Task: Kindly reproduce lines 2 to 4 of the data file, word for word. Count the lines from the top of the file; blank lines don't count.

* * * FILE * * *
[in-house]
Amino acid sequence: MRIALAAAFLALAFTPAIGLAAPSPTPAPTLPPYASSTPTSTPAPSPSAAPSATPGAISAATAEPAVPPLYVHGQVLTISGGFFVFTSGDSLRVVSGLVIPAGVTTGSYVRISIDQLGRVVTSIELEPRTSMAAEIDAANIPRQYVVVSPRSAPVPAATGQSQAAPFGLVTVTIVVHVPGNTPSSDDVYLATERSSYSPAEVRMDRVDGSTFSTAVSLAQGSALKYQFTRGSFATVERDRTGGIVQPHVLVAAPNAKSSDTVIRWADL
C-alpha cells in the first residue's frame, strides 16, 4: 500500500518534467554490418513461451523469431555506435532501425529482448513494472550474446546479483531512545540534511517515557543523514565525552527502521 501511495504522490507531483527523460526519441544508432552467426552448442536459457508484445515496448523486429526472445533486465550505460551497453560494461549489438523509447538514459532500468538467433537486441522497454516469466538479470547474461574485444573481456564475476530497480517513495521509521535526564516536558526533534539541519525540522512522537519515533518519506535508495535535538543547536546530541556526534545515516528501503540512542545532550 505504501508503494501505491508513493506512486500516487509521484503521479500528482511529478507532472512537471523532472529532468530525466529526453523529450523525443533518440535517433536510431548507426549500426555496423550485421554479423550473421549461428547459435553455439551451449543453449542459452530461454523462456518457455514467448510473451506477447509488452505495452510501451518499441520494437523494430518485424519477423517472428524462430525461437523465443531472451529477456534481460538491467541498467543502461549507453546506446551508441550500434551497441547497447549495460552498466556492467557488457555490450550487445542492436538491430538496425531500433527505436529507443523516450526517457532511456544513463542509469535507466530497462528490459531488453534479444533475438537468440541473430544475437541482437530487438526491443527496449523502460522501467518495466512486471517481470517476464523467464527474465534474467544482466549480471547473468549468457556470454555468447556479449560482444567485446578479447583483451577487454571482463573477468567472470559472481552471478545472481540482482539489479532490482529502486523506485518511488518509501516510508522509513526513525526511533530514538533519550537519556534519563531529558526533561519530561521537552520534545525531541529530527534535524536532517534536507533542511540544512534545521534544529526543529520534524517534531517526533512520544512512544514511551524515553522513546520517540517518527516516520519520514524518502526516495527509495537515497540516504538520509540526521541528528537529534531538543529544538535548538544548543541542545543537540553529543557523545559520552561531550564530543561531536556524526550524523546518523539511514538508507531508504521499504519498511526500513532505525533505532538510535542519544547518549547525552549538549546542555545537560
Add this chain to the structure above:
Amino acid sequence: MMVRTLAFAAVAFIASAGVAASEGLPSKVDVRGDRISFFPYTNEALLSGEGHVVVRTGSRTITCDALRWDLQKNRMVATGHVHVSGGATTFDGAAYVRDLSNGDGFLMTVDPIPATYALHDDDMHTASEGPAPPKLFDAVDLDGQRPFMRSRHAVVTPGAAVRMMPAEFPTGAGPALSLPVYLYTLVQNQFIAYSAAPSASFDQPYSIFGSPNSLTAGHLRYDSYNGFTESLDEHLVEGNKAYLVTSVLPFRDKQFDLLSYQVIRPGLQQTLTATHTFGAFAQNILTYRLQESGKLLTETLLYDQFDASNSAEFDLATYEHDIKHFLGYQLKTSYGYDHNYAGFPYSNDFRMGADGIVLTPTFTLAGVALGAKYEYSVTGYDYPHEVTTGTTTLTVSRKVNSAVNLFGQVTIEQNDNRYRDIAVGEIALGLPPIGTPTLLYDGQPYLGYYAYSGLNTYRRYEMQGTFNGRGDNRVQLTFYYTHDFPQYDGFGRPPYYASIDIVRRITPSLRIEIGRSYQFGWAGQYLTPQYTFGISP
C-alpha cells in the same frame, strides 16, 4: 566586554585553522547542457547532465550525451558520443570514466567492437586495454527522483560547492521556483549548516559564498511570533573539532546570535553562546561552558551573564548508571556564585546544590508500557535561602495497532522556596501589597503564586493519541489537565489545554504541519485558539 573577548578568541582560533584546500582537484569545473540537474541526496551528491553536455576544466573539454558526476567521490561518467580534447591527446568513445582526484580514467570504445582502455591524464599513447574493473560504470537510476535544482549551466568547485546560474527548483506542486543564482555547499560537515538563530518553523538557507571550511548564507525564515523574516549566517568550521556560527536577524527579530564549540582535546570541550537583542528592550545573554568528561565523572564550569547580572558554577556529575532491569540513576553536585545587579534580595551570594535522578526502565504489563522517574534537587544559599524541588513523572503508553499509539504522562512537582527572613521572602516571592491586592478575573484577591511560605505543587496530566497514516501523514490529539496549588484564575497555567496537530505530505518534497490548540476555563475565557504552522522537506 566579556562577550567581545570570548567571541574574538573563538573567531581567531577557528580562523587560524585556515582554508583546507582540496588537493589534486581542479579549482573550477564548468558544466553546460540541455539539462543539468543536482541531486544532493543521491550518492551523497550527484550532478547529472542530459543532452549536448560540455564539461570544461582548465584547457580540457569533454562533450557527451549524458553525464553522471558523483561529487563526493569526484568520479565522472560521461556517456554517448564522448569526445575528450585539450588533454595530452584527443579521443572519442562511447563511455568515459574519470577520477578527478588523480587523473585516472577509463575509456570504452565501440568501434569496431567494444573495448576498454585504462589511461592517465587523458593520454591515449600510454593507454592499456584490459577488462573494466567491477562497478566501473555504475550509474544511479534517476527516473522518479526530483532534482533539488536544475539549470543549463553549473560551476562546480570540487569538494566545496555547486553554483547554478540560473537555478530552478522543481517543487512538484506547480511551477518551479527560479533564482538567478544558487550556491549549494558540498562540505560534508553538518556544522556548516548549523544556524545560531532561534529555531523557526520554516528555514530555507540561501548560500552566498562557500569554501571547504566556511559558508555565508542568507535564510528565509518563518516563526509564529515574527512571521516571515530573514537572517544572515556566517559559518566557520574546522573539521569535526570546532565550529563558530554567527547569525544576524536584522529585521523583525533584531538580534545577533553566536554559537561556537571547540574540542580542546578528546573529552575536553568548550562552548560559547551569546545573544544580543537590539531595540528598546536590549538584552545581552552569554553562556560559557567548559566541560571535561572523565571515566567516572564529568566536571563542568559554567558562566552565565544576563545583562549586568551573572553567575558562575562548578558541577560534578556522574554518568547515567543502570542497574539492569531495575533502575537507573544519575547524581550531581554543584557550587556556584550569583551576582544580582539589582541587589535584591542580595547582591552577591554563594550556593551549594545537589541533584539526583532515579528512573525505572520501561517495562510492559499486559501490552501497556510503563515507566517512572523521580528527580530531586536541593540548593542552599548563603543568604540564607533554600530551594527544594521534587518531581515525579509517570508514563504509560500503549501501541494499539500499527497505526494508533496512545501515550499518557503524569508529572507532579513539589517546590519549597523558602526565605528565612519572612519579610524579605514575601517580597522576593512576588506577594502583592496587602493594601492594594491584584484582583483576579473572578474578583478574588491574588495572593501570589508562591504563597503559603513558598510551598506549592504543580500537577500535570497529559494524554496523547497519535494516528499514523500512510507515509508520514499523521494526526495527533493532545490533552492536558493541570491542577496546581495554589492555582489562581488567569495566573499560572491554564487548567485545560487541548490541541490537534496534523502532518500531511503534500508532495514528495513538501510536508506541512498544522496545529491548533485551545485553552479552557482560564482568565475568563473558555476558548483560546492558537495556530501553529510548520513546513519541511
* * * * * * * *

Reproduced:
Amino acid sequence: MRIALAAAFLALAFTPAIGLAAPSPTPAPTLPPYASSTPTSTPAPSPSAAPSATPGAISAATAEPAVPPLYVHGQVLTISGGFFVFTSGDSLRVVSGLVIPAGVTTGSYVRISIDQLGRVVTSIELEPRTSMAAEIDAANIPRQYVVVSPRSAPVPAATGQSQAAPFGLVTVTIVVHVPGNTPSSDDVYLATERSSYSPAEVRMDRVDGSTFSTAVSLAQGSALKYQFTRGSFATVERDRTGGIVQPHVLVAAPNAKSSDTVIRWADL
C-alpha cells in the first residue's frame, strides 16, 4: 500500500518534467554490418513461451523469431555506435532501425529482448513494472550474446546479483531512545540534511517515557543523514565525552527502521 501511495504522490507531483527523460526519441544508432552467426552448442536459457508484445515496448523486429526472445533486465550505460551497453560494461549489438523509447538514459532500468538467433537486441522497454516469466538479470547474461574485444573481456564475476530497480517513495521509521535526564516536558526533534539541519525540522512522537519515533518519506535508495535535538543547536546530541556526534545515516528501503540512542545532550 505504501508503494501505491508513493506512486500516487509521484503521479500528482511529478507532472512537471523532472529532468530525466529526453523529450523525443533518440535517433536510431548507426549500426555496423550485421554479423550473421549461428547459435553455439551451449543453449542459452530461454523462456518457455514467448510473451506477447509488452505495452510501451518499441520494437523494430518485424519477423517472428524462430525461437523465443531472451529477456534481460538491467541498467543502461549507453546506446551508441550500434551497441547497447549495460552498466556492467557488457555490450550487445542492436538491430538496425531500433527505436529507443523516450526517457532511456544513463542509469535507466530497462528490459531488453534479444533475438537468440541473430544475437541482437530487438526491443527496449523502460522501467518495466512486471517481470517476464523467464527474465534474467544482466549480471547473468549468457556470454555468447556479449560482444567485446578479447583483451577487454571482463573477468567472470559472481552471478545472481540482482539489479532490482529502486523506485518511488518509501516510508522509513526513525526511533530514538533519550537519556534519563531529558526533561519530561521537552520534545525531541529530527534535524536532517534536507533542511540544512534545521534544529526543529520534524517534531517526533512520544512512544514511551524515553522513546520517540517518527516516520519520514524518502526516495527509495537515497540516504538520509540526521541528528537529534531538543529544538535548538544548543541542545543537540553529543557523545559520552561531550564530543561531536556524526550524523546518523539511514538508507531508504521499504519498511526500513532505525533505532538510535542519544547518549547525552549538549546542555545537560
Add this chain to the structure above: